Saturday, September 12, 2009

Illusions: The Adventures of a Reluctant Messiah

Clearly fiction, but written as if from personal experience, this 1979 bestseller is in my top list of strange and unusual books. Richard Bach is a nomadic type, flying over the countryside in his little biplane selling rides for a couple bucks an hour to locals. At night he nestles in a field somewhere with some canned beans and pan-fried bread and enjoys his life of solitude and freedom. Then one day he sees another biplane he's never seen before, and another pilot just like himself leaning against the plane as if just waiting for him to land. The strange fact is that the man was waiting for him to land, and had known that he would be arriving shortly. Richard soon learns that his name is Don Shimoda, and that he was supposed to be the world's next Messiah before he abruptly quit and left his followers behind.
Don and Richard become friends and soon they are zooming all over the countryside together, offering rides and making more money then Richard would normally make in a single season. There's just something about Shimoda that makes Richard feel as if he's known him all his life. Living the good life, Richard doesn't think to leave until all the little miracles start becoming noticeable--no squashed bugs on Don's plane, the tight impossible turns he makes, and the fact that he never once fills up for gas. When he confronts Shimoda, he is immediately invited to know all the things only a messiah is supposed to know. These things come conveniently in a "Messiah's Handbook", which Shimoda digs out of his cockpit and throws to Richard without ceremony. At first thinking Shimoda is crazy, Richard soon learns that no matter where he goes or what he says, Shimoda is one step ahead and determined that Richard understand he is the real deal.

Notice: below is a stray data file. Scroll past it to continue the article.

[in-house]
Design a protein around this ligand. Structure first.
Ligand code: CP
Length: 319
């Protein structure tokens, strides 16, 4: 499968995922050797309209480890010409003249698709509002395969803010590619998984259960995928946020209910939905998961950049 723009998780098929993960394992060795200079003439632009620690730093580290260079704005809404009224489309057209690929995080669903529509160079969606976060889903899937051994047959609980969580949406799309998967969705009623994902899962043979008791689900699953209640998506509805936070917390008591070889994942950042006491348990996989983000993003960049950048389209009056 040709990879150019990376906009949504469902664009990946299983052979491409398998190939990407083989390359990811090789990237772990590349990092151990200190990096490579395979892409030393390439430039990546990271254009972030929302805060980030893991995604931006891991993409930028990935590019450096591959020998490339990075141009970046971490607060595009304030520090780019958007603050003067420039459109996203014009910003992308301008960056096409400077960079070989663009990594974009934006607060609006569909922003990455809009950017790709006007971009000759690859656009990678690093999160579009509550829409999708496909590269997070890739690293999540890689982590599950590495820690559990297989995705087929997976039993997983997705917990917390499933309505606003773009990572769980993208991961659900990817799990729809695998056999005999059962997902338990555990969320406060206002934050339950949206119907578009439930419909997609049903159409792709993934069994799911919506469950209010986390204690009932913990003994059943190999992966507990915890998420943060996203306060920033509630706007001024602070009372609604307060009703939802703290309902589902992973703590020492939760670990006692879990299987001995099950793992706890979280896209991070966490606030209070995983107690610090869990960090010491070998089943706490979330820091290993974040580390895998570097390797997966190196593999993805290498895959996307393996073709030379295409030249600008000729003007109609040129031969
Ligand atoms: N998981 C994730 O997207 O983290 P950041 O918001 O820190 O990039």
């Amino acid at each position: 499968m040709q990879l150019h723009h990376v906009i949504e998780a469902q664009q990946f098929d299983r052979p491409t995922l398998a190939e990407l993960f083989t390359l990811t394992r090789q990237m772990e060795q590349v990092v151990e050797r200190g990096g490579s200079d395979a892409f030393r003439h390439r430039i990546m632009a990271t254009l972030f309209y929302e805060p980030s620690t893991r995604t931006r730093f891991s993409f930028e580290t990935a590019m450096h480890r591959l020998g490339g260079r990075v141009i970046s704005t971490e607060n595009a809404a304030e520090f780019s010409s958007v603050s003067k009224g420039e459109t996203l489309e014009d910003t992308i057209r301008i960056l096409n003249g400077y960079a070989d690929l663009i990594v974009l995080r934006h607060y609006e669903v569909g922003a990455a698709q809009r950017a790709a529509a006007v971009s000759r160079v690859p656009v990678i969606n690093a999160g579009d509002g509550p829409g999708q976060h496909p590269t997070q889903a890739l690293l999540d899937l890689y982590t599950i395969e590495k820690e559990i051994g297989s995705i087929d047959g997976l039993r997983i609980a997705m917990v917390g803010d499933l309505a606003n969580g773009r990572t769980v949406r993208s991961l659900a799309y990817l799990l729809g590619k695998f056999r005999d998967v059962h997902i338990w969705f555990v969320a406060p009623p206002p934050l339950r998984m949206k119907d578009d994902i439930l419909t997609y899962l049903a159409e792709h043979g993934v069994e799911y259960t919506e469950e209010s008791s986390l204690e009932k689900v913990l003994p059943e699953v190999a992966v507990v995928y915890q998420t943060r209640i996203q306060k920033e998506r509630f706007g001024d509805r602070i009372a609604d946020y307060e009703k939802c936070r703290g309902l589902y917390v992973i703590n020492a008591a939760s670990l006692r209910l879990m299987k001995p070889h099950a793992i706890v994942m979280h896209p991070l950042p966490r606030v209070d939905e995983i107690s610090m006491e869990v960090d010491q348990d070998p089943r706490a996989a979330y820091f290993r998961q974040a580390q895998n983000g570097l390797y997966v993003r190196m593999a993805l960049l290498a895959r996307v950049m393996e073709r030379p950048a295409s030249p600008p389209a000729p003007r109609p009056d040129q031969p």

It soon becomes apparent that Richard has been chosen to take his place. Throughout the book we get glimpses of not only why Shimoda quit being the new messiah, but also into the handbook and its "wisdom".
Philosophical, otherworldly, and at times downright crazy--still I carried this book around in my back pocket for months when I first read it years ago. Picking it up again, I see how it inspired me to see myself as powerful as any Christ, and as capable of miracles. Illusions is a weird and ofttimes confounding novel, and I'm sure it will be viewed with skepticism in the least, ridicule at the most. I love this book because of it's uniqueness, the author's ability to place himself entirely within a fictional story, and because of D. Shimoda--the unforgettable and reluctant messiah.
"Argue for your limitations, and sure enough they're yours." (Messiah's Handbook p. 100)

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